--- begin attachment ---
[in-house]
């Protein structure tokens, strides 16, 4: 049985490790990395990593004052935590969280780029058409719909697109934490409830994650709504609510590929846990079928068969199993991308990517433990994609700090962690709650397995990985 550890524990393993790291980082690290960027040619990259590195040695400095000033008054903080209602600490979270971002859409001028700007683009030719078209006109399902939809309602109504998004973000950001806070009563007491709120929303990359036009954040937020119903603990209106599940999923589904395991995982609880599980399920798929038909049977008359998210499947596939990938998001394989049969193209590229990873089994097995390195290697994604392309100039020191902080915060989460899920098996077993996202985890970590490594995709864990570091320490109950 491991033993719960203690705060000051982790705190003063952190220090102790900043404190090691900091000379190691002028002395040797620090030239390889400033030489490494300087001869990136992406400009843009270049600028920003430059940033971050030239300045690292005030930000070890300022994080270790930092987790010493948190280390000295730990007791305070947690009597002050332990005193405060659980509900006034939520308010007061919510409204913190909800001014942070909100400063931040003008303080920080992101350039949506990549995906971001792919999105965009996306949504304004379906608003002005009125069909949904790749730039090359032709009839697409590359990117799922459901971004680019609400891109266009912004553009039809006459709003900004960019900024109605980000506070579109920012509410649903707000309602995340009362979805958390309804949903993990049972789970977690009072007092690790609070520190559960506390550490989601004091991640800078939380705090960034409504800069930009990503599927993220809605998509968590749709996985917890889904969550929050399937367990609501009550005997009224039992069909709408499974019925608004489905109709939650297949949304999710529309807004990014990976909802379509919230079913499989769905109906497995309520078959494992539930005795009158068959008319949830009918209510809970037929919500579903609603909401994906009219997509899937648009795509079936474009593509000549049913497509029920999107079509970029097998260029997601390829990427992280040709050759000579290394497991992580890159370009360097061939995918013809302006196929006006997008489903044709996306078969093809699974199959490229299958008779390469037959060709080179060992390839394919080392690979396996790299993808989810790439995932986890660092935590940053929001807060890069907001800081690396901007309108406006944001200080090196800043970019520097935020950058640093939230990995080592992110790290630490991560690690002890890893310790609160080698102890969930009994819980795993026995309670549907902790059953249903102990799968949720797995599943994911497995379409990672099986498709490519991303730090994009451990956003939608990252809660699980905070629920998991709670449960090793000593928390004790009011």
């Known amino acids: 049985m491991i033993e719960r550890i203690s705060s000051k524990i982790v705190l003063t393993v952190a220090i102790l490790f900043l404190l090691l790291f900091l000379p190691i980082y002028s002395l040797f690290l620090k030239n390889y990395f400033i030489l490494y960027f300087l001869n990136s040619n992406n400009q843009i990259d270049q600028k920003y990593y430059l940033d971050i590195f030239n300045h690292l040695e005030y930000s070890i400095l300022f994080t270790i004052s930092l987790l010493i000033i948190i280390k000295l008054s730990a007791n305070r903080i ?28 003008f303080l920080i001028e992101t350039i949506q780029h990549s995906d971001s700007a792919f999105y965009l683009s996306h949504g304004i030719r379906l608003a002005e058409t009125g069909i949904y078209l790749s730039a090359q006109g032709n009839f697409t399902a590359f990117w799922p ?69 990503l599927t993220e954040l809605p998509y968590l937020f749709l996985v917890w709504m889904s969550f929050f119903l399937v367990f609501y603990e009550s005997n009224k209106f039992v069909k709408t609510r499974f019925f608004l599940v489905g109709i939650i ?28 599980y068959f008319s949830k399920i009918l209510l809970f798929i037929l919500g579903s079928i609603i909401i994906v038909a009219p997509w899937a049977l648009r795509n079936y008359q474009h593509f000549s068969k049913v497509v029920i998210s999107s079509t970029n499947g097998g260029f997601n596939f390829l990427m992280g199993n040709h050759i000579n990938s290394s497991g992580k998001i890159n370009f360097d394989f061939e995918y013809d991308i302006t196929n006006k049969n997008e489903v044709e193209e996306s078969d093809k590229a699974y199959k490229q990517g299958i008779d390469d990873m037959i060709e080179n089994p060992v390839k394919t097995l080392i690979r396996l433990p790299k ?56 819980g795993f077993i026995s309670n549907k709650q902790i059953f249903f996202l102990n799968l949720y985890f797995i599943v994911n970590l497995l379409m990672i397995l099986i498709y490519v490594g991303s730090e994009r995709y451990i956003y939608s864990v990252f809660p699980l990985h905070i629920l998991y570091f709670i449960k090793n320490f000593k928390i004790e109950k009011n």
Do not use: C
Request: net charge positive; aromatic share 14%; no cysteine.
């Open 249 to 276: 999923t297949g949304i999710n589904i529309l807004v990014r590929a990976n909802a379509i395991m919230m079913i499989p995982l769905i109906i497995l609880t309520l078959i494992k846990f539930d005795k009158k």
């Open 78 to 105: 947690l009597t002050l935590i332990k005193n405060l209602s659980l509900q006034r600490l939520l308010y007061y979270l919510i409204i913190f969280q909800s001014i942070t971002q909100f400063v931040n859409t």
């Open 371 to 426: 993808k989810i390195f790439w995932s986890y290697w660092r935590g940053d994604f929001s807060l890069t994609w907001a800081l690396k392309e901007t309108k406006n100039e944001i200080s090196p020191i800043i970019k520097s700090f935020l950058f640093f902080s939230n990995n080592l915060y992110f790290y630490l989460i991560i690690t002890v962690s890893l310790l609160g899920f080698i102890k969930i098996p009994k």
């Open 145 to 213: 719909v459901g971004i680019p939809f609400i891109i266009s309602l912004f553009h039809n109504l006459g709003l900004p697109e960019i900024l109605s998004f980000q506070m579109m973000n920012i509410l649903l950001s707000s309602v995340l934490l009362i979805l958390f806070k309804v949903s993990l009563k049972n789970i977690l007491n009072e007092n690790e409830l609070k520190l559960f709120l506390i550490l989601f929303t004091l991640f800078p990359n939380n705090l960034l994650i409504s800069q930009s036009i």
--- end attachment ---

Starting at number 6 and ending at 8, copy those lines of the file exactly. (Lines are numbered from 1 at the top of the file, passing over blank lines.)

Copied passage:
């Open 249 to 276: 999923t297949g949304i999710n589904i529309l807004v990014r590929a990976n909802a379509i395991m919230m079913i499989p995982l769905i109906i497995l609880t309520l078959i494992k846990f539930d005795k009158k």
């Open 78 to 105: 947690l009597t002050l935590i332990k005193n405060l209602s659980l509900q006034r600490l939520l308010y007061y979270l919510i409204i913190f969280q909800s001014i942070t971002q909100f400063v931040n859409t």
């Open 371 to 426: 993808k989810i390195f790439w995932s986890y290697w660092r935590g940053d994604f929001s807060l890069t994609w907001a800081l690396k392309e901007t309108k406006n100039e944001i200080s090196p020191i800043i970019k520097s700090f935020l950058f640093f902080s939230n990995n080592l915060y992110f790290y630490l989460i991560i690690t002890v962690s890893l310790l609160g899920f080698i102890k969930i098996p009994k």